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My Tattoos Don’t Define Me, But They Do Determine My Professionalism

This article is written by a student writer from the Her Campus at Kennesaw chapter.

In 2005, a 10-year-old me was sitting in front of the television intently watching Miami Ink re-runs on TLC. I was enthralled by tattoo artists Chris Nunez, Kat Von D, and Ami James.

Growing up in a conservative household shows like Miami Ink offered me a different glimpse of reality. I envied the talent of the artists but I more so envied the clients who were able to tell their story through beautiful artwork engraved in their skin. I found myself enamored by the different styles and techniques. At the age of 10, I knew I wanted to be covered in tattoos. Tattoos are the only thing throughout my childhood, teenage years, and early adulthood that I have been 100% sure of.

According to a 2019 Ipsos poll, three in ten Americans have at least one tattoo, with the vast majority of those Americans being between the ages 18-34. This shows an increase in tattoo popularity amongst millennials and Gen Z, yet the stigma surrounding tattoos, especially in the workforce, still heavily exists.

Jessica Hanize Leonard, business professional and new partner at Evolution Capital Partners, recently went viral after posting her company headshot with her full sleeves of arm tattoos on LinkedIn. Leonard received ample praise as well as backlash for her post. Those who oppose her left comments that claimed her tattoos are visual noise and distracting to the work environment, she can let her “freak fly but don’t be surprised if some percentage of the business world casts some doubt about your seriousness for the position,” and that if they were to walk into Leonard’s business, they would walk right back out after seeing her arms.

The opposition was hurtful to read on her post, but not something I was surprised about. I’ve also had to navigate through the world of professionalism while honoring my individuality. I’ve sat through interviews that have gone great until the interviewer recognizes I have visible tattoos and I’ve held positions where I was advised to keep my tattoos covered for the sake of professionalism.

But what is professionalism and who defines it? Google claims professionalism is the competence or skill acquired by a professional. Society has prescribed the visual ideals of professionalism, and we as a society can rewrite that narrative. My tattoos do not hinder my competence or skill, I’d argue they add value.

Shortly after I turned 20 I landed my then-dream job of working in a tattoo studio. I was in charge of scheduling appointments, keeping the shop clean, and providing an informative and friendly customer experience. I learned a lot about myself and the importance of structure during my time at the studio. There’s a lot of diversity at a tattoo studio. People of all ages, races, different genders and backgrounds come to get tattoos.

In some cases, people come in at their most vulnerable, wanting a tattoo that memorializes a loved one who passed or covering self-harm scars. The time I spent at the first tattoo studio I worked at encouraged me to pursue higher education. I wanted to understand the different walks of life that I encountered so I pursued and earned my associate’s in Journalism. Through diverse clientele I’ve gained great communication skills and the ability to be empathetic towards others who aren’t like me, which is something I’m tremendously proud of.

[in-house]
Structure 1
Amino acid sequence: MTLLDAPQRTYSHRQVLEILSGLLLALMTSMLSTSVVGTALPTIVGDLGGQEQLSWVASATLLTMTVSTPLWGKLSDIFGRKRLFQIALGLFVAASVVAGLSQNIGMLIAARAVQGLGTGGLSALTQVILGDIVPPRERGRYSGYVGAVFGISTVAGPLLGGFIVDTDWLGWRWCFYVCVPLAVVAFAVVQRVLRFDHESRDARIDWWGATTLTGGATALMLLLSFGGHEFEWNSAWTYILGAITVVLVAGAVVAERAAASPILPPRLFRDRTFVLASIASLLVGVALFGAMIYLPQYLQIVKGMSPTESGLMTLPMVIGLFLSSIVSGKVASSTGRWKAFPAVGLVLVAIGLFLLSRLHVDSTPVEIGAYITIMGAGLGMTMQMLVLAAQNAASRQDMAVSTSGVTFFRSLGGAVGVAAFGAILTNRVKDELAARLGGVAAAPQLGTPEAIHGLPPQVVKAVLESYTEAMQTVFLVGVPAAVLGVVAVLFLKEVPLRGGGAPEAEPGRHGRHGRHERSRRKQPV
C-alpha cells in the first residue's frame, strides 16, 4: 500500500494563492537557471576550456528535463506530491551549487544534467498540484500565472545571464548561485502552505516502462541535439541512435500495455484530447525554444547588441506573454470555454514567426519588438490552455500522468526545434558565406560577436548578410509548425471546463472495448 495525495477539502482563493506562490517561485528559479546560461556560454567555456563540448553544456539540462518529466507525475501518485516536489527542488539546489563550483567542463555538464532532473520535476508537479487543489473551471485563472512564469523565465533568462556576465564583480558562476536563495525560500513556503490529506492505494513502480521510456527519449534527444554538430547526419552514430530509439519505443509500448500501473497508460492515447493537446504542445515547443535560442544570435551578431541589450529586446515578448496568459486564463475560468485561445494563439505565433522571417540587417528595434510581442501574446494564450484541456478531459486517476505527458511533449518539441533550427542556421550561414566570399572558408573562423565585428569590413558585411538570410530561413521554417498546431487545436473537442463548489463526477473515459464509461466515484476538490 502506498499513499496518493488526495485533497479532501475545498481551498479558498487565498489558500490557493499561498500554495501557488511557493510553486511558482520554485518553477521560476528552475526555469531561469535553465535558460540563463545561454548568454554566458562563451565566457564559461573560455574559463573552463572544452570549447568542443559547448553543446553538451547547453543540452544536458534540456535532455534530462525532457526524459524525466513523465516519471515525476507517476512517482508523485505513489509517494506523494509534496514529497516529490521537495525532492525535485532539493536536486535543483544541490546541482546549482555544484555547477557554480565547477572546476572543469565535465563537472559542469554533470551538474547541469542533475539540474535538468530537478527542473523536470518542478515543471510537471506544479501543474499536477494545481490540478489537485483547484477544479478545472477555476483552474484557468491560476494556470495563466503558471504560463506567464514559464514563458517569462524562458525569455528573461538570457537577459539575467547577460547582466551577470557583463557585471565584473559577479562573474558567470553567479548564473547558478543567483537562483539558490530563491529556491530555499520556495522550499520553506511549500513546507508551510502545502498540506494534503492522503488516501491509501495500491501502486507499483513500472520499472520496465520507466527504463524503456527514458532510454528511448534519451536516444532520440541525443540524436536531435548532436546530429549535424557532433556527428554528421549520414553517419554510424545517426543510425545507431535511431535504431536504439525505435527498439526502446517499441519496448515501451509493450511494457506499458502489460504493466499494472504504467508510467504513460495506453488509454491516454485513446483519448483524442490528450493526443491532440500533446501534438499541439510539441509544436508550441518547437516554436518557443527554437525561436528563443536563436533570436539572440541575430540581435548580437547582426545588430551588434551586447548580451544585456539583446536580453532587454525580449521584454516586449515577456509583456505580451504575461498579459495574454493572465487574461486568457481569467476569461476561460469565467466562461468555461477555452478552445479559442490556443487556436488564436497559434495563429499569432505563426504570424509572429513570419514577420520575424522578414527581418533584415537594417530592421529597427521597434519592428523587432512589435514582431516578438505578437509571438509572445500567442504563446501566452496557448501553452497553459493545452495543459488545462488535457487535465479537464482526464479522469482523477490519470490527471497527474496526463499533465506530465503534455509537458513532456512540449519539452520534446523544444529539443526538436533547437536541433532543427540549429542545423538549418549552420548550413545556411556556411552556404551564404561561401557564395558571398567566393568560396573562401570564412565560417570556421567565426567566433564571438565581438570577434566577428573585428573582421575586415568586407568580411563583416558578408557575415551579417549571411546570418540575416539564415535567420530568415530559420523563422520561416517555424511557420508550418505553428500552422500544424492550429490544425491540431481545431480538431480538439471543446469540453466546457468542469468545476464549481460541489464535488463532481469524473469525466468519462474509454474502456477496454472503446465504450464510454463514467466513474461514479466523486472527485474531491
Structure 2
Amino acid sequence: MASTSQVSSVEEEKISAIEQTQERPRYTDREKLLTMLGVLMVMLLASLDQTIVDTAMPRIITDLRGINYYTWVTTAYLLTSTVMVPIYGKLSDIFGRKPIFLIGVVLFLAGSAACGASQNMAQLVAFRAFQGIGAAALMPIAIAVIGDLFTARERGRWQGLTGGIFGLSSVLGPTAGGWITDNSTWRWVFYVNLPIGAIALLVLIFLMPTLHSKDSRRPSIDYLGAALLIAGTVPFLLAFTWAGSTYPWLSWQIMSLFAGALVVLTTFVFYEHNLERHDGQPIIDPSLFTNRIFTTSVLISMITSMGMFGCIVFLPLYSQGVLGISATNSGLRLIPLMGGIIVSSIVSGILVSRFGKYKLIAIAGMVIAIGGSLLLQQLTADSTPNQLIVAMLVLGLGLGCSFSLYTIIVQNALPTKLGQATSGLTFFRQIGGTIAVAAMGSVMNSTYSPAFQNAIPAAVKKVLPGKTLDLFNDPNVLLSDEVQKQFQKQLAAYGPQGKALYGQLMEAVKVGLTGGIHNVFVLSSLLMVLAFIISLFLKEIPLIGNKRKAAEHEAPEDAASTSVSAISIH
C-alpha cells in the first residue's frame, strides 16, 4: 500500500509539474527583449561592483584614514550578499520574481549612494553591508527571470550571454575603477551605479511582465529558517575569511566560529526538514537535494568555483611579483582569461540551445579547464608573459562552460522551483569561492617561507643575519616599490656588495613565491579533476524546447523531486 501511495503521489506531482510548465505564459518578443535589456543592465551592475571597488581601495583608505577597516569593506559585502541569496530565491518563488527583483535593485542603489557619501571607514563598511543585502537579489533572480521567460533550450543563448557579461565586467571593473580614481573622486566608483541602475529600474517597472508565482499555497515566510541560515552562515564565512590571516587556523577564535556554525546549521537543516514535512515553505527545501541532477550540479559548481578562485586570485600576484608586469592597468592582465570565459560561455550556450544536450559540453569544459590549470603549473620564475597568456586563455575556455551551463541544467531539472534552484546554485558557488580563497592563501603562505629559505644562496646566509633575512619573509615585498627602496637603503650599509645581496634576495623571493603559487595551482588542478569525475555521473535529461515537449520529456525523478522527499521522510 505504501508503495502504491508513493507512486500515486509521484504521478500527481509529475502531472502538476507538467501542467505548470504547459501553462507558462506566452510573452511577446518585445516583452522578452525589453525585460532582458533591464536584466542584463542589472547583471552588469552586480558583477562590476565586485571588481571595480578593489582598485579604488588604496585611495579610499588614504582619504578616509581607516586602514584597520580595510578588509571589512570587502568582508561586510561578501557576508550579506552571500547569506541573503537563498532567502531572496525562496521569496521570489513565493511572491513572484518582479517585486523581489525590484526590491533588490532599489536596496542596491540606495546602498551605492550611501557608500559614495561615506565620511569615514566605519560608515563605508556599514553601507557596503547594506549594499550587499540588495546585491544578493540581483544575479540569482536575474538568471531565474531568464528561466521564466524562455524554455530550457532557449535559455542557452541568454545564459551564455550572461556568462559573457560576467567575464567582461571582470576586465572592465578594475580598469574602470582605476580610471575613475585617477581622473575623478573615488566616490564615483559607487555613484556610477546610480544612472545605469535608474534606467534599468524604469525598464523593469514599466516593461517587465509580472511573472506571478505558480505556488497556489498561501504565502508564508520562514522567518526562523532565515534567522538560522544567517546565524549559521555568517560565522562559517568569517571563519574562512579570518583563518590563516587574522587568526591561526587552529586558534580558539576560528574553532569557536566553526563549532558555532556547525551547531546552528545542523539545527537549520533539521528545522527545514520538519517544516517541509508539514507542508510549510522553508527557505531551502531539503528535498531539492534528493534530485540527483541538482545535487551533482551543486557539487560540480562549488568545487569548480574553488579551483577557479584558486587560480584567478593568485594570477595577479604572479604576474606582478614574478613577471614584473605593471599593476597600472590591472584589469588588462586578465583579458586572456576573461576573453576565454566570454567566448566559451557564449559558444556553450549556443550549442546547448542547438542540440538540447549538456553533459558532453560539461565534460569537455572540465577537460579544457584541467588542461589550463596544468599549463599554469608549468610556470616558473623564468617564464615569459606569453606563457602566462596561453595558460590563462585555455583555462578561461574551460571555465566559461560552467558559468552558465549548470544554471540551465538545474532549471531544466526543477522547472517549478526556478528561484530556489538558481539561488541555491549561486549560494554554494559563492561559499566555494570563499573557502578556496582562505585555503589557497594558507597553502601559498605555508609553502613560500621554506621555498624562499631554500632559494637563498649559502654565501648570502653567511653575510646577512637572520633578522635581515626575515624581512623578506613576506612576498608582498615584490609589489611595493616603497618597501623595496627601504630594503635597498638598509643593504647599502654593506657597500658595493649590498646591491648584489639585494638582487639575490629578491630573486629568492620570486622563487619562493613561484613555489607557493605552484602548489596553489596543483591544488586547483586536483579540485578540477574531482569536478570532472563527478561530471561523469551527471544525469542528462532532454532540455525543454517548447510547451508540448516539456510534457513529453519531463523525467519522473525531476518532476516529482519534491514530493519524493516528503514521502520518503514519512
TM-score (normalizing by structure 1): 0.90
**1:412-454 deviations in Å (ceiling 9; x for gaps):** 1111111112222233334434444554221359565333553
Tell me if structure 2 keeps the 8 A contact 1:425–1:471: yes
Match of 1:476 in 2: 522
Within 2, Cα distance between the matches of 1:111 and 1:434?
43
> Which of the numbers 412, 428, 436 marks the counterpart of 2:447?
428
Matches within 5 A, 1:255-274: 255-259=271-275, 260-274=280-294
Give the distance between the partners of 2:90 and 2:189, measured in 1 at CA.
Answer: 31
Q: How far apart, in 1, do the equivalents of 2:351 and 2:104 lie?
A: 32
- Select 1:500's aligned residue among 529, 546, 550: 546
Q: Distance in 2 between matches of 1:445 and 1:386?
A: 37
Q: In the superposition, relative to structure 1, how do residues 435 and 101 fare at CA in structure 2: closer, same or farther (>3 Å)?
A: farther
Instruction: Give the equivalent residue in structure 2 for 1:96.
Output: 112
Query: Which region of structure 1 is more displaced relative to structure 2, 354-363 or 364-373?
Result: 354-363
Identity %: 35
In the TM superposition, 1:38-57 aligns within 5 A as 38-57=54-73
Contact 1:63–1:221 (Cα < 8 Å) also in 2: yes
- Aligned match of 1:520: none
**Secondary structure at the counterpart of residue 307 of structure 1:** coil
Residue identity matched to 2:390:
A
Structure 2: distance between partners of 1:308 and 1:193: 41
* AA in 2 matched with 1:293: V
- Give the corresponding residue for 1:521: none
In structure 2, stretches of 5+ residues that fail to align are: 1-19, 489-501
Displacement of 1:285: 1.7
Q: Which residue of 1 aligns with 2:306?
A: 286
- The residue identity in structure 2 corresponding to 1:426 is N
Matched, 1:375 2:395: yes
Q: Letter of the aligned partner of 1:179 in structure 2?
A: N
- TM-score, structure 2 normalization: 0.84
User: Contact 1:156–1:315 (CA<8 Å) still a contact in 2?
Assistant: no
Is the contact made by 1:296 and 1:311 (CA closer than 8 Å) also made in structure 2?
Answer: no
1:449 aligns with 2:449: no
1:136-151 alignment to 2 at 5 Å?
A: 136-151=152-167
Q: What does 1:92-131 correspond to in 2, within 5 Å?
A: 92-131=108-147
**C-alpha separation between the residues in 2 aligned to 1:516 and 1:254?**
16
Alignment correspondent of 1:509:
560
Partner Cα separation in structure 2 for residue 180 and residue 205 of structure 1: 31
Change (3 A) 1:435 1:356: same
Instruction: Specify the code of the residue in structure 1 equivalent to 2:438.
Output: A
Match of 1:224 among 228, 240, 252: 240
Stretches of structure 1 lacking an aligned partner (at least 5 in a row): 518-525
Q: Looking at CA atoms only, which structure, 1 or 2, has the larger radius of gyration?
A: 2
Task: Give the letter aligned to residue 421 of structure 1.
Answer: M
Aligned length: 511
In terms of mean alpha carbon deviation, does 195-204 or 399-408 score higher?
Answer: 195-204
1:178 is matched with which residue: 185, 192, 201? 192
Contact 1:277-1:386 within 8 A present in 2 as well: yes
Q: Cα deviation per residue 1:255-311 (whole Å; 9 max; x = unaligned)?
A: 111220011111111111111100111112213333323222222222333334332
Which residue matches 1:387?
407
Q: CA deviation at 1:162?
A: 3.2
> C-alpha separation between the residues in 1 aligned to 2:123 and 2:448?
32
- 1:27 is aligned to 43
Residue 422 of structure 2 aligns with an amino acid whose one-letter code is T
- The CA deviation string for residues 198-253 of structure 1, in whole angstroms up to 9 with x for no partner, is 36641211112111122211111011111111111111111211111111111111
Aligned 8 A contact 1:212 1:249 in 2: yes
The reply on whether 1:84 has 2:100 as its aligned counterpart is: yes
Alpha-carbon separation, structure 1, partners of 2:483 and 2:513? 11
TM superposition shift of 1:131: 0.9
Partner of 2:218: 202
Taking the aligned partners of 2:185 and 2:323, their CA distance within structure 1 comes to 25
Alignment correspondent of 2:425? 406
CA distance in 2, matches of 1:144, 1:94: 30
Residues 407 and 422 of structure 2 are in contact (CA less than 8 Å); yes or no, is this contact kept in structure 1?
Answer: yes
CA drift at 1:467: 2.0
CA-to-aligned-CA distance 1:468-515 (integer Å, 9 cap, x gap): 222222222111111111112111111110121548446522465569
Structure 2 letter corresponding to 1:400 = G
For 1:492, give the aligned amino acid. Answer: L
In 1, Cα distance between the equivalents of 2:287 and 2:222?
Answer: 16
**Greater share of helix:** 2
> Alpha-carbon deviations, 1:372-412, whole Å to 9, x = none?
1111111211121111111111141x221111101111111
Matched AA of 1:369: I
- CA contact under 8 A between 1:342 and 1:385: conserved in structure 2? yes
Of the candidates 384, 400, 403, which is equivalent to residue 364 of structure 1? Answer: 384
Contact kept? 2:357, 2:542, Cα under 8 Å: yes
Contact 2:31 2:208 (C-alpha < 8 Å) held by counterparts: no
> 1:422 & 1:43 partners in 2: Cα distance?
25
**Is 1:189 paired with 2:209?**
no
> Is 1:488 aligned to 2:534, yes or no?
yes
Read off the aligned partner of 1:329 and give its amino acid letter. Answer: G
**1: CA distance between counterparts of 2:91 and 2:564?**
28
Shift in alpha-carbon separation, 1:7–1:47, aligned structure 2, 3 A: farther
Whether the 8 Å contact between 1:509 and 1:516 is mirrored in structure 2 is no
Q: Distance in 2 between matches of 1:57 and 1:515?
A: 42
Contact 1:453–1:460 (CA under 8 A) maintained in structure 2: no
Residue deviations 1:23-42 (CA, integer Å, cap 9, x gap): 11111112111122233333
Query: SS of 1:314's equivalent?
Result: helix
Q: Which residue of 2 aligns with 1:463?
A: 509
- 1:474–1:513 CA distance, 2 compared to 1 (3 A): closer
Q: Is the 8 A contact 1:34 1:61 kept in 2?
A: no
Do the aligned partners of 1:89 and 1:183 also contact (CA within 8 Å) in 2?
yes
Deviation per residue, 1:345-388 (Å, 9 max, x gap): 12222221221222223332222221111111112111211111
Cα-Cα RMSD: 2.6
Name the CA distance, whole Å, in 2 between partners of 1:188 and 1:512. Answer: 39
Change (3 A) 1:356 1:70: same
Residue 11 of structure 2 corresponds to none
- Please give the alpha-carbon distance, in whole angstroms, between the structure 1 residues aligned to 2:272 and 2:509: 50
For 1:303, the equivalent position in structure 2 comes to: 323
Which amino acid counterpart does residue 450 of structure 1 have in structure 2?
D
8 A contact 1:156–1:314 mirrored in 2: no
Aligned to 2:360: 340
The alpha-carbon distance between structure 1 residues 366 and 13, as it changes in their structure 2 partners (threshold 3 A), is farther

The second tattoo studio I worked at ignited a flame within me to do better in all facets of my life. Before the onset of the pandemic, Mystic Owl Tattoo hosted yearly charities to give back to folks within the community and strives for inclusivity amongst artists, clients, and in their community. I met artists from around the world who shared insight of what their country is like and spoke with clients from various industries and backgrounds. Being involved in such a diverse and dynamic studio led me to pursue a bachelor’s degree in both political science and Journalism. I wanted to better understand how the world works in order to create positive and necessary change.

Callie Rittweger, insides sales executive and dear friend of mine, followed Leonard’s lead on LinkedIn and posted her own headshots with and without her tattoos showing. Rittweger, who established herself within her company before getting tattooed, has both her arms, chest and one leg completely covered in tattoos.

Her post eloquently points out how her tattoos have not prevented her from hitting quotas, being a leader and earning promotions. She adds that corporate America is missing out on so much talent because of the stigma associated with tattoos. I would hate for anyone to miss out on me due to the fact I express myself differently.

Ultimately, that’s what it boils down to – freedom of expression. As children, we’re taught to think outside of the box and challenge norms. Once adulthood is reached it’s as if there’s only a choice between corporate America or freedom of expression. I want both, and I hope the boldness in choosing both is celebrated, respected and encouraged for others as we navigate through a new generation of professionalism.

Melissa Walsh

Kennesaw '22

Melissa is a Senior at Kennesaw studying both Journalism and Political Science. Her interests include politics, environmental issues, and human rights. In addition to being a writer for the Kennesaw Chapter, Melissa also serves as senior editor.